Open Access

Transmission tree of the highly pathogenic avian influenza (H5N1) epidemic in Israel, 2015

  • Timothée Vergne1Email author,
  • Guillaume Fournié1,
  • Michal Perry Markovich2,
  • Rolf J. F. Ypma3,
  • Ram Katz2,
  • Irena Shkoda4,
  • Avishai Lublin4,
  • Shimon Perk2 and
  • Dirk U. Pfeiffer1
Veterinary Research201647:109

https://doi.org/10.1186/s13567-016-0393-2

Received: 12 April 2016

Accepted: 14 September 2016

Published: 4 November 2016

Abstract

The transmission tree of the Israeli 2015 epidemic of highly pathogenic avian influenza (H5N1) was modelled by combining the spatio-temporal distribution of the outbreaks and the genetic distance between virus isolates. The most likely successions of transmission events were determined and transmission parameters were estimated. It was found that the median infectious pressure exerted at 1 km was 1.59 times (95% CI 1.04, 6.01) and 3.54 times (95% CI 1.09, 131.75) higher than that exerted at 2 and 5 km, respectively, and that three farms were responsible for all seven transmission events.

Introduction, methods and results

In mid-January 2015, the Israel’s national reference laboratory for avian influenza (Kimron Institute), confirmed the presence of highly pathogenic avian influenza (H5N1) virus in an extensive turkey farm. In an attempt to control the spread of the virus, human and poultry movements were restricted and culling, cleaning and disinfection were implemented in the infected farm and its vicinity. Within the next 4 weeks, the virus was isolated in seven other farms, mainly turkey farms, all located within 25 km from the first case. The objectives of this study were to estimate relevant transmission parameters and to reconstruct the most likely sequence of transmission events by combining the spatio-temporal distribution of the outbreaks and the genetic distance between the virus isolates.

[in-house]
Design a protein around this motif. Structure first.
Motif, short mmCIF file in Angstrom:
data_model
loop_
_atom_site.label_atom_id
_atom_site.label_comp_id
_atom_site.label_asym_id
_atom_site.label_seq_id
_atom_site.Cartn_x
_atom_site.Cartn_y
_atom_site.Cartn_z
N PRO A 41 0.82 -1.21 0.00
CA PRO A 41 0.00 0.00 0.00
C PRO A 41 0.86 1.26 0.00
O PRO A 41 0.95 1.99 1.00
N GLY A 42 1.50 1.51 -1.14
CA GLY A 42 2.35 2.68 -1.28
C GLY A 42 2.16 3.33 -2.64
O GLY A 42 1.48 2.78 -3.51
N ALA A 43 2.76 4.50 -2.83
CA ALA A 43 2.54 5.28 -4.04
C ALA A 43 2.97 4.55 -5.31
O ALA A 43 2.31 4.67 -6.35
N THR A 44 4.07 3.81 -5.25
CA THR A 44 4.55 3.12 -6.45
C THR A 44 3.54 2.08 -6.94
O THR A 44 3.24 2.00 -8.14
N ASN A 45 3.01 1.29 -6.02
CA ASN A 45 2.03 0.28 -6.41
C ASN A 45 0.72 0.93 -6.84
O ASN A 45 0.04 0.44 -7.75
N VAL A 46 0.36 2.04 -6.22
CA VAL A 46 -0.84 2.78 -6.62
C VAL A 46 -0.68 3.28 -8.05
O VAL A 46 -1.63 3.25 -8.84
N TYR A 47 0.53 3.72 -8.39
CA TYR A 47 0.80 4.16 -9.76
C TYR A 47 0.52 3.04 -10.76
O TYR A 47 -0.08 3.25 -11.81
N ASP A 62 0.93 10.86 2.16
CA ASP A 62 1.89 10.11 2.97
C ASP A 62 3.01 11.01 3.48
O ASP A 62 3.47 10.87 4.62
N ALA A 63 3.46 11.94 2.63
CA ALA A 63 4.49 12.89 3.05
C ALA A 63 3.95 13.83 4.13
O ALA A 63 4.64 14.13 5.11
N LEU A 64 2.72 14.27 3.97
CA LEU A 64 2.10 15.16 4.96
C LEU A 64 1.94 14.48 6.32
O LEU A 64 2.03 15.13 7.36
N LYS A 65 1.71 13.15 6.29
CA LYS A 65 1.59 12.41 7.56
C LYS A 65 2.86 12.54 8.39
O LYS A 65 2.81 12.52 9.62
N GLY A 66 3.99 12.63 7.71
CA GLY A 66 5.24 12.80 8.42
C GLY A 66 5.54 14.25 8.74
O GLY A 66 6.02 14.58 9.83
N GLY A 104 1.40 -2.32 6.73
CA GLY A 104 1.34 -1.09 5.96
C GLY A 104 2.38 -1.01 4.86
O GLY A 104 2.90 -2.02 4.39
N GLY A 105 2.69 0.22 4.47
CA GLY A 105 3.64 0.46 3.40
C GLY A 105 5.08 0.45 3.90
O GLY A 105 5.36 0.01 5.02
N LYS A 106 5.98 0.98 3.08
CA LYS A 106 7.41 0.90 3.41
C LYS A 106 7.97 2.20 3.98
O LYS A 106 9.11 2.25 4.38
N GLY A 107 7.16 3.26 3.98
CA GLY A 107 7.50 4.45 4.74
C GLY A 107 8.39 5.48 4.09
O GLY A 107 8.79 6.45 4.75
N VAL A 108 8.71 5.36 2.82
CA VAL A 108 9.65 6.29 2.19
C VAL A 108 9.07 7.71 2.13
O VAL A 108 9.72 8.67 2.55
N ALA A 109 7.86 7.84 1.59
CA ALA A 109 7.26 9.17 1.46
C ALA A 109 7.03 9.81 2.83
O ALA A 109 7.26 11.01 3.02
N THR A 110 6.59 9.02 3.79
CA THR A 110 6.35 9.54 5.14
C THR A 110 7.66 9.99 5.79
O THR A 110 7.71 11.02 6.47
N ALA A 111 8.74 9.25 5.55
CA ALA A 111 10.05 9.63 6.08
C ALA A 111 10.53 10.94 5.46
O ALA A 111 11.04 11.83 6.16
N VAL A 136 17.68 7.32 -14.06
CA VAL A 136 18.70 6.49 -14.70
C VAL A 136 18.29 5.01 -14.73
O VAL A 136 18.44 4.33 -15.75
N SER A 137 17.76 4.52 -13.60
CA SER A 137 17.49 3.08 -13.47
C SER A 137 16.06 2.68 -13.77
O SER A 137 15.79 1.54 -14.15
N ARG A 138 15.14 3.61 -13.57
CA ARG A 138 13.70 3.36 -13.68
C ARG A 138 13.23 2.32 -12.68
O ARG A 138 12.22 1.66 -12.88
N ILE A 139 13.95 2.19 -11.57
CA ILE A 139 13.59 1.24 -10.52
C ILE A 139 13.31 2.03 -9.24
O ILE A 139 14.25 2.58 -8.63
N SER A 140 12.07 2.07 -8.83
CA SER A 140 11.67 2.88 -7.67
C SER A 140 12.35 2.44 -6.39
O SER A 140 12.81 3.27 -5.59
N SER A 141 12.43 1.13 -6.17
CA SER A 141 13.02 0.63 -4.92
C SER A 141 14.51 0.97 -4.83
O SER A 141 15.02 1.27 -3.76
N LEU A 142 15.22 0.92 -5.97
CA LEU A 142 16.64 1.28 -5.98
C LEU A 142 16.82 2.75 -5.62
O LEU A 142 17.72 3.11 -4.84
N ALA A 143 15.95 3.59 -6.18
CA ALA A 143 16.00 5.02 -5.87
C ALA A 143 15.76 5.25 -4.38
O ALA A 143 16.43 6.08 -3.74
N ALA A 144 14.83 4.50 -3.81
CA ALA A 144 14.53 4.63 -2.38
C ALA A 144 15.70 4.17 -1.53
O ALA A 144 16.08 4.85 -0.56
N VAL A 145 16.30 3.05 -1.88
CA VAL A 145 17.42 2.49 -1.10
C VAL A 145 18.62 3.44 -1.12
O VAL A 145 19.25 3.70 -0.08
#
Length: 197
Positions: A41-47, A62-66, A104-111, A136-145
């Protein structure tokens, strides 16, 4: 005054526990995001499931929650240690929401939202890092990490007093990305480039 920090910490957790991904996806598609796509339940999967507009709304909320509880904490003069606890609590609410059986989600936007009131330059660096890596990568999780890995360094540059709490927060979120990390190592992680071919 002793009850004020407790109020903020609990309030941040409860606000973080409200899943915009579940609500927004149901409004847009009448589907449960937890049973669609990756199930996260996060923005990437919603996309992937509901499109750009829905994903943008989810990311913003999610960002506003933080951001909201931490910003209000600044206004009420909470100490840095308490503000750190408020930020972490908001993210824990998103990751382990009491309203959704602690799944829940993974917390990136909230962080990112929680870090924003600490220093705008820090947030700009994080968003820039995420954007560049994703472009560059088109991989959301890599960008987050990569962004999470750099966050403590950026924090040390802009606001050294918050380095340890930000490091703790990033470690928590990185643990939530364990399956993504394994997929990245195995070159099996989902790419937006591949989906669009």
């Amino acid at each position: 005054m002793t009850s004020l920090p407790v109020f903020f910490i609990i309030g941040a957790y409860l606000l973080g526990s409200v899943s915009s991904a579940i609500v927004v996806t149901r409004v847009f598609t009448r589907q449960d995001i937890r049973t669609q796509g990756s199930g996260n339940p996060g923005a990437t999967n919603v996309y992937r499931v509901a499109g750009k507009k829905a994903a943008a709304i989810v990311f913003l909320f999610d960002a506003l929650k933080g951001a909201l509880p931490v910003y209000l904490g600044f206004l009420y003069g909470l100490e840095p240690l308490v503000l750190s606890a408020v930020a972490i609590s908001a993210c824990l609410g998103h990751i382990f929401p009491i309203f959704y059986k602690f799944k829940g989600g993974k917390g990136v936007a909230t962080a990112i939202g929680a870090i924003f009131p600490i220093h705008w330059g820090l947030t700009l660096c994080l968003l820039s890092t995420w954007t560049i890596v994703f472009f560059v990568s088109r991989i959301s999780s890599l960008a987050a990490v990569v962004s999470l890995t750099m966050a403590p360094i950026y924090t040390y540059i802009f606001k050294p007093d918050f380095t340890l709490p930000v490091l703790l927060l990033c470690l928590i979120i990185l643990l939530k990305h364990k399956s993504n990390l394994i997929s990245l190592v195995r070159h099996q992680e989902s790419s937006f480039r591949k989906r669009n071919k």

The data used in this study relate to the eight cases of highly pathogenic avian influenza (H5N1) that were reported in Israel in January and February 2015. For all infected farms, the location, the date when increased mortality was reported, the date when samples were taken for laboratory confirmation and the date when cleaning and disinfection ended were recorded. Actual dates of infection were unknown and were therefore treated as model parameters to be estimated [1]. In each infected farm, a single virus strain was isolated and its full hemagglutinin gene was sequenced [2]. Assuming that the isolated strains were representative of the pool of viruses in the farms where they had been sampled, the genetic distance between virus isolates was determined.

The modelling approach used in this study combines epidemiologic and genetic data to infer possible transmission trees. It has already been used to model the spread of several animal pathogens, including highly pathogenic avian influenza virus [1, 3] and foot-and-mouth disease virus [4]. This approach assumes that all cases were reported and that there was only one virus introduction in the study area: except for the index case that had been infected by an unknown source, all successive cases were infected by one of the seven other infected farms through an unknown route.

To reconstruct the transmission tree, it was hypothesised that the likelihood that farm A infected farm B increased if A was still infectious when B became infected, if A and B were geographically close to each other, if the genetic sequence taken from A was similar to that from B and if there was no other farm that could have infected B.

Making the additional assumption of independence, the approximate likelihood L(AB) that farm A infected farm B is equal to the product of a temporal likelihood (Lt(AB)), a spatial likelihood (Ls(AB)) and a genetic likelihood (Lg(AB)) as follows:
$$L\left( {AB} \right) = L_{t} \left( {AB} \right)*L_{s} \left( {AB} \right)*L_{g} \left( {AB} \right).$$